Category Archives: experiences
Our intrepid Jennifer Scheurle and Leigh Harris have returned from PAX West, and discuss their exploits and super fun times on the latest episode of the Podcast in Space.
For those who couldn’t attend Game Connect Asia-Pacific this year, the Game Design Challenge asks a selection of designers to take to the stage and pitch a game idea based on a theme which was revealed one month earlier. This year, Flat Earth’s Leigh Harris took part and came runner up to Luke Muscat (of Fruit Ninja, Jetpack Joyride and Land Sliders fame). It was the first time anyone from Flat Earth had spoken at GCAP.
The theme for the Game Design Challenge this year was ‘Virtual Smell’. Each participant had just 8 minutes to try and pitch a game idea based around the notion of a hypothetical peripheral which could project small particles. The peripheral could be any type, transmit the smells in any way, and be for any platform.
Take a look at what Leigh came up with!
We received an email from a fan recently which was simply a thank you note to us for not caving and going freemium. We talk about this stuff constantly behind the scenes, but at the end of the day it’s emails like this (there are a great many which have similar themes) which make us certain we made the right decision. Perhaps some of our games in future will contain DLC or expansion packs or the like, but for TownCraft we feel we made the right choice.
Thanks so much to Carter for sending the email and for giving us permission to blog about it.
I’m finally spending time with Town Craft (purchased it for iPad a while ago). I have been playing on my iPhone, though I’m wondering if it would be easier with the bigger screen. Portability vs screen size – always a tough choice! Anyway, I wanted to thank you for making a great game with no in-app purchases and for continuing to support it.
As an “old school gamer” (you know, the kind who spent hours perfecting his farm on Harvest Moon long before Facebook even existed), I am so disappointed that the industry has degraded to the point that IAP-driven “games” dominate the mobile market (referring to the ones that are essentially dressed up slot machines, not the ones that give a short trial and sell the full game via IAP). I so often read unfair negative comments about games like this one. “How can they charge $4.99?!? The game should be free or MAYBE $.99!” … the most common sentiments. It’s as if they expect developers to work for free, somehow magically supporting their families and finding fulfillment with no financial gain. They prefer to support unethical companies that prey on the obsessive traits of certain gamers. Shameful.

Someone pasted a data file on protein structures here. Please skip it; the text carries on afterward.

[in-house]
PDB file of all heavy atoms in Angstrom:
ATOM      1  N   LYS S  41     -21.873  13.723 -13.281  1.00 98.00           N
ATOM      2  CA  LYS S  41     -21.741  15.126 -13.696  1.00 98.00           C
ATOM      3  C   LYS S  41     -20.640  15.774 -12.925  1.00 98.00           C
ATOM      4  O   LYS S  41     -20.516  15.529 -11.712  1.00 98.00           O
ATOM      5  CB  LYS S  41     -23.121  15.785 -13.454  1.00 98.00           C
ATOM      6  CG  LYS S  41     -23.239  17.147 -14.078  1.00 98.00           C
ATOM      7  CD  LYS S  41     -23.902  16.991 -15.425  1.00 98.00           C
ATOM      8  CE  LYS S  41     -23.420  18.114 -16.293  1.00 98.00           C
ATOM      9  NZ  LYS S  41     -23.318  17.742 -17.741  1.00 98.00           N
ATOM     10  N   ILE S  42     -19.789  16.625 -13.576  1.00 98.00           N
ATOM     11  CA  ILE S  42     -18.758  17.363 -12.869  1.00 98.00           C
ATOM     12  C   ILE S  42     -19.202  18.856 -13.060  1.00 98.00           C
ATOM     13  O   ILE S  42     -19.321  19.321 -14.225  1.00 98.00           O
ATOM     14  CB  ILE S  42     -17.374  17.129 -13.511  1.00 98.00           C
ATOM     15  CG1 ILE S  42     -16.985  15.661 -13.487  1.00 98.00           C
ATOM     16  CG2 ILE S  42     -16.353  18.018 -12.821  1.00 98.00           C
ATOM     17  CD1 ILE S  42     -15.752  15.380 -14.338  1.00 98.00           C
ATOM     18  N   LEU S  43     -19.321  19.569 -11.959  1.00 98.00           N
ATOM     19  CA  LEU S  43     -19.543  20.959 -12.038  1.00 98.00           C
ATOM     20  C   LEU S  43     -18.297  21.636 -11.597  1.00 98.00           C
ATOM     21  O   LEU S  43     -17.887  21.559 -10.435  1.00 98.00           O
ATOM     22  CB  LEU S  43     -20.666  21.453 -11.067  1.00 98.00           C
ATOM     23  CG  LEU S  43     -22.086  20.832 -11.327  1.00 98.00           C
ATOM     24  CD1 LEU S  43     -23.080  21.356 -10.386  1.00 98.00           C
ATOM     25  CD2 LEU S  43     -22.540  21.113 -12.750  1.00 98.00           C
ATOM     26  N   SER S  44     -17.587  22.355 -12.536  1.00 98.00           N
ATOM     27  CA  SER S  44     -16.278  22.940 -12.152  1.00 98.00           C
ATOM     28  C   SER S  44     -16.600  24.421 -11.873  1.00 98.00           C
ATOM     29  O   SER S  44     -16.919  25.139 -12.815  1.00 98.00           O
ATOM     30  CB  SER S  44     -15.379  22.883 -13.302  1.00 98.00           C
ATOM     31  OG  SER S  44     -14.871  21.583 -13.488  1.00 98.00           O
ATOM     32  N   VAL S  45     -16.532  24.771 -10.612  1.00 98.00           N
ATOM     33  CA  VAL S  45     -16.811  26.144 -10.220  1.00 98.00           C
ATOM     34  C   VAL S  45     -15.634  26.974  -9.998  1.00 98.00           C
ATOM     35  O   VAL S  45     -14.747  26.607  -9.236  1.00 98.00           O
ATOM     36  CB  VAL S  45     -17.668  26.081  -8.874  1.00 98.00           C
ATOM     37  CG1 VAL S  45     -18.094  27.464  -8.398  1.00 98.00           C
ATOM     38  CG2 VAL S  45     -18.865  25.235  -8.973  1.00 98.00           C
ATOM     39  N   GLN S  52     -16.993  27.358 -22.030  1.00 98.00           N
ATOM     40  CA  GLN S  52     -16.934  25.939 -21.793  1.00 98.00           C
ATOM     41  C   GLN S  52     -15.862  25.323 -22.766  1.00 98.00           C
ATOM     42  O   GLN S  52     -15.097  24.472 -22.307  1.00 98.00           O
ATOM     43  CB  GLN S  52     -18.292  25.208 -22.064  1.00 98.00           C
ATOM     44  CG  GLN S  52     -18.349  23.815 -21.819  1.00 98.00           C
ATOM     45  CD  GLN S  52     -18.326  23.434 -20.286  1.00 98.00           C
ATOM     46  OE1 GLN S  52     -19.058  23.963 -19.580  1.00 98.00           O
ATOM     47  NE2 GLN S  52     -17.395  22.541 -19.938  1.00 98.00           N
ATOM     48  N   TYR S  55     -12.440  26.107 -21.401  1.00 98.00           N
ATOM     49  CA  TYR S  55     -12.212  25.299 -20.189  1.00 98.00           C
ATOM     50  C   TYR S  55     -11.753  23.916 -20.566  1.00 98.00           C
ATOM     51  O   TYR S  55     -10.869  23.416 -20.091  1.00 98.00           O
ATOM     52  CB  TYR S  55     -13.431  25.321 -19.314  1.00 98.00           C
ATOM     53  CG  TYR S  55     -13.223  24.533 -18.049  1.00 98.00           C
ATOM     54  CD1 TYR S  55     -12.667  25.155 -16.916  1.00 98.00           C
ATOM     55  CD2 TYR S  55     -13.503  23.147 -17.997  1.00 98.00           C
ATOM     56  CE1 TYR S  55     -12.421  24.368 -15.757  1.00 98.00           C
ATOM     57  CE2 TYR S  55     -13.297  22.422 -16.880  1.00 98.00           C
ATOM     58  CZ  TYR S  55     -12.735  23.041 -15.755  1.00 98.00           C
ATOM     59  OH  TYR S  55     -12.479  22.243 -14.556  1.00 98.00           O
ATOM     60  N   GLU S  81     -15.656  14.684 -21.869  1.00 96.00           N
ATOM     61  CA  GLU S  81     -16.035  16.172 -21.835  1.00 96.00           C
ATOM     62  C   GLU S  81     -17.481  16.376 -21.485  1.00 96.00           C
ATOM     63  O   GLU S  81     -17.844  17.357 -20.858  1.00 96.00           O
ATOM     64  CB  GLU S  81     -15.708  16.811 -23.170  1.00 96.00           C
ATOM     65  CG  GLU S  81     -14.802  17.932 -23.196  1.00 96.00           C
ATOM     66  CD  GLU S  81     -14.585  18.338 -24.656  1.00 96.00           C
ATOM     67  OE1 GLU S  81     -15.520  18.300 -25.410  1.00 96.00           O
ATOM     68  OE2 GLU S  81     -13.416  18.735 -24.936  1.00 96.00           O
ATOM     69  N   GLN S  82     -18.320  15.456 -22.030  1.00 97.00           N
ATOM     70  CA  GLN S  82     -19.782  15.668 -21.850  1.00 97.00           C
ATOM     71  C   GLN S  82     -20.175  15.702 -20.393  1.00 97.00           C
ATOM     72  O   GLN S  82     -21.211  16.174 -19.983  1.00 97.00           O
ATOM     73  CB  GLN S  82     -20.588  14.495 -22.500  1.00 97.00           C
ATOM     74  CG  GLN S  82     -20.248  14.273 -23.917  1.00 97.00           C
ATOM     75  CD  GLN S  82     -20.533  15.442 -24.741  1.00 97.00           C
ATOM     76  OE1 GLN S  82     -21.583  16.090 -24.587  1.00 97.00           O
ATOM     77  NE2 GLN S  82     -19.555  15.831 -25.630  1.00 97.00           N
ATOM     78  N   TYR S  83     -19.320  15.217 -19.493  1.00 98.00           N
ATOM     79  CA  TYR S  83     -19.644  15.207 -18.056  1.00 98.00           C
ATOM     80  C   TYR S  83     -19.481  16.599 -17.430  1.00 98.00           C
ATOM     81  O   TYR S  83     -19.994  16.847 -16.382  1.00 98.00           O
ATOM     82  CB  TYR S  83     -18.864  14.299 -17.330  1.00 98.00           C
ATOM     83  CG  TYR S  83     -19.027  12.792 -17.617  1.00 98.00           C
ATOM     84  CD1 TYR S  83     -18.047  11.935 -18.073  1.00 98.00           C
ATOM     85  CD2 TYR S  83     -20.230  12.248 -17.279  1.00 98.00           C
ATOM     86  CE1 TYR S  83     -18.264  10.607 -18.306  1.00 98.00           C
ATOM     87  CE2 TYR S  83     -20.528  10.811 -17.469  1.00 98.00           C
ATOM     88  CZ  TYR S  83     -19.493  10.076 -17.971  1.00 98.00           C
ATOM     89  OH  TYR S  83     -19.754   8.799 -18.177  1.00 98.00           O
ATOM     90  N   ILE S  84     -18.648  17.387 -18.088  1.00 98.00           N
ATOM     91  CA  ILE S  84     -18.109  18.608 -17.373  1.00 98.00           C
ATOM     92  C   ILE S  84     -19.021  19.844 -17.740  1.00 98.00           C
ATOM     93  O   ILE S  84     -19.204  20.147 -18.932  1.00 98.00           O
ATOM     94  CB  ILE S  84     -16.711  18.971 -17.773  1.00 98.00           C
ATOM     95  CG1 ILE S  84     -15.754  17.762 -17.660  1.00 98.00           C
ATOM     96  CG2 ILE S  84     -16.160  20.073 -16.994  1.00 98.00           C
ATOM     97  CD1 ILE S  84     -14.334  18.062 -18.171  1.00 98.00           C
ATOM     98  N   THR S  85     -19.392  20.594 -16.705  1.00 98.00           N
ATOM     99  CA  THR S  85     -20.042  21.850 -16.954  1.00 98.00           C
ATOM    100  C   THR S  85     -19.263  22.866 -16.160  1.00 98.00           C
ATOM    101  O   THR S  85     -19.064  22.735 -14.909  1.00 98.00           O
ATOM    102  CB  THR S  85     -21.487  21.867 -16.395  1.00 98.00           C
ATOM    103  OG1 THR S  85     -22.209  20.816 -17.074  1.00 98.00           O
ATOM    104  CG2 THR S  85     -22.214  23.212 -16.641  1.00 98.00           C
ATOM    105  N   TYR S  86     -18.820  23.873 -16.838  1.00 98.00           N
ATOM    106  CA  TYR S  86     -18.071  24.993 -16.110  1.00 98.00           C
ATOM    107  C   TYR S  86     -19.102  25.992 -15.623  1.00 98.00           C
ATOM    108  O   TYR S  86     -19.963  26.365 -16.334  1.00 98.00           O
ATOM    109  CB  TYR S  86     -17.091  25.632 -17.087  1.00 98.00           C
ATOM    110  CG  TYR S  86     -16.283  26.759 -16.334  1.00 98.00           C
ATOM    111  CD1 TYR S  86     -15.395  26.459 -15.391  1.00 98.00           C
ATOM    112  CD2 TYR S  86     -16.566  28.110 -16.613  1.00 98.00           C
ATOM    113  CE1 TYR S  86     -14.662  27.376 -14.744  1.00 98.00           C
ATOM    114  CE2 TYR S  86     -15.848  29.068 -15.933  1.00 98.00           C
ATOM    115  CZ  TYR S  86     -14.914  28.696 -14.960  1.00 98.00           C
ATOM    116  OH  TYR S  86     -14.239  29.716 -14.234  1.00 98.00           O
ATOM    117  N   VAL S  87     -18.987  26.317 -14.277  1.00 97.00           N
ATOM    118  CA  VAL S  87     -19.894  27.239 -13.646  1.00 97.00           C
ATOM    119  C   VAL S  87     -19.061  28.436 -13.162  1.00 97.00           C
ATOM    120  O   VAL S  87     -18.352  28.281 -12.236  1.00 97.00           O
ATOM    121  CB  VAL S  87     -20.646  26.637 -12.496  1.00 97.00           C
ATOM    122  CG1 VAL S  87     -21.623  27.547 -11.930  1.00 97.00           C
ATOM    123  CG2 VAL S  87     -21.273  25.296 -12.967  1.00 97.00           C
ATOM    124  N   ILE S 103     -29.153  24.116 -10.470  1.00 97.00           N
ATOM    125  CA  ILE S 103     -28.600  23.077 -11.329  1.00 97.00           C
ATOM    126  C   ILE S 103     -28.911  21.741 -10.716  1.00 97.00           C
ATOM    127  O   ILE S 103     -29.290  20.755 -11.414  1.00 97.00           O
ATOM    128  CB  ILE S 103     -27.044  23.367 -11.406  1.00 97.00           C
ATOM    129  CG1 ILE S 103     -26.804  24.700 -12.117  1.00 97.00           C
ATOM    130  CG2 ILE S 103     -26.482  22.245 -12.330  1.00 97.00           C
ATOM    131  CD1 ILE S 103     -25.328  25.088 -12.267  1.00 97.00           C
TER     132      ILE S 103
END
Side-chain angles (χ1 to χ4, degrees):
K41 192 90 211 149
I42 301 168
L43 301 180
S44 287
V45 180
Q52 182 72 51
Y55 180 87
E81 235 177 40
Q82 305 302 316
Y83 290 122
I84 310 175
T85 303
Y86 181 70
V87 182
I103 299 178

Every time I find a solid app – especially a game – with no or limited IAP’s, I appreciate just how much risk those developers have taken, how much income they have sacrificed in order to create great games for the rest of us, and how hard it is for them to continue to support these games in such a freemium-driven market. So it’s important that I take a few minutes to let you guys know that I’m enjoying your game, I appreciate your sacrifices, and I’m rooting for developers like you. I hope you’re able to continue creating great games like Town Craft. As long as you’re making them, I will continue supporting them.
So Yawen Song showed up to the Aurora hotel for the last IGDA Beer and Pixels night, where he interviewed a bunch of people and got to know a whole heap of indie game developers from the Sydney scene.
He later came out an interviewed us at the studio in Ultimo, and has put together a great little 12 minute documentary on YouTube which includes Paul Sztajer from See Through Studios, Dan Graf from Halfbrick and Rebecca Fernandez from the Academy of Interactive Entertainment, amongst others.
It’s a cool little movie which does give you a good impression of what the Sydney teams are doing and why they do the things they do.
Check it out if you’re interested in indie game development at all…
A little over a year ago, or about 3-4 months into the development of my first game, I fell into a very deep depression for which I have since been on medication and in and out of therapy. It’s entirely possible that, given my previous career involved promoting work by others, I’d had distance enough from that work not to let the stress (and there was indeed much stress) get to me. Although with depression of any kind, focusing on one factor (or even external factors at all) isn’t exactly healthy, so I only bring up the work situation because it’s pertinent to my experience here.
Suffice to say, it’s been more and more difficult with each passing month to keep my head up high or down and working, depending on where it needs to be, and I feel it’s been detrimental to the project, the team and to myself in stages.
I should stress that these are stages I’ve identified in my experience only, and I certainly don’t suggest that these are uniform and are felt in the same way by everyone going through depression of any kind.
Not quite as clear cut as the simple name suggests, I’ve experienced denial of two things primarily: that I actually have been suffering from depression, and that I am actually pursuing a creative endeavour and really putting myself out there. Within the comfort of that denial, I was able to spend many months still being productive, and with productivity comes no need to address the problem.
So for the last day or so I’ve had my face buried in pages and pages of numbers working out our economic system. It has that all too familiar feeling which makes me feel like I’m ever so slightly wasting my time. But it’s very much my own fault, and the fault of the ambition of our project in general (which, I feel EVERYONE involved is starting to realise now that we’re nearing the game’s end).
You see, our game involves a mechanic whereby you craft items, build buildings, hire NPCs, trade, sell and more.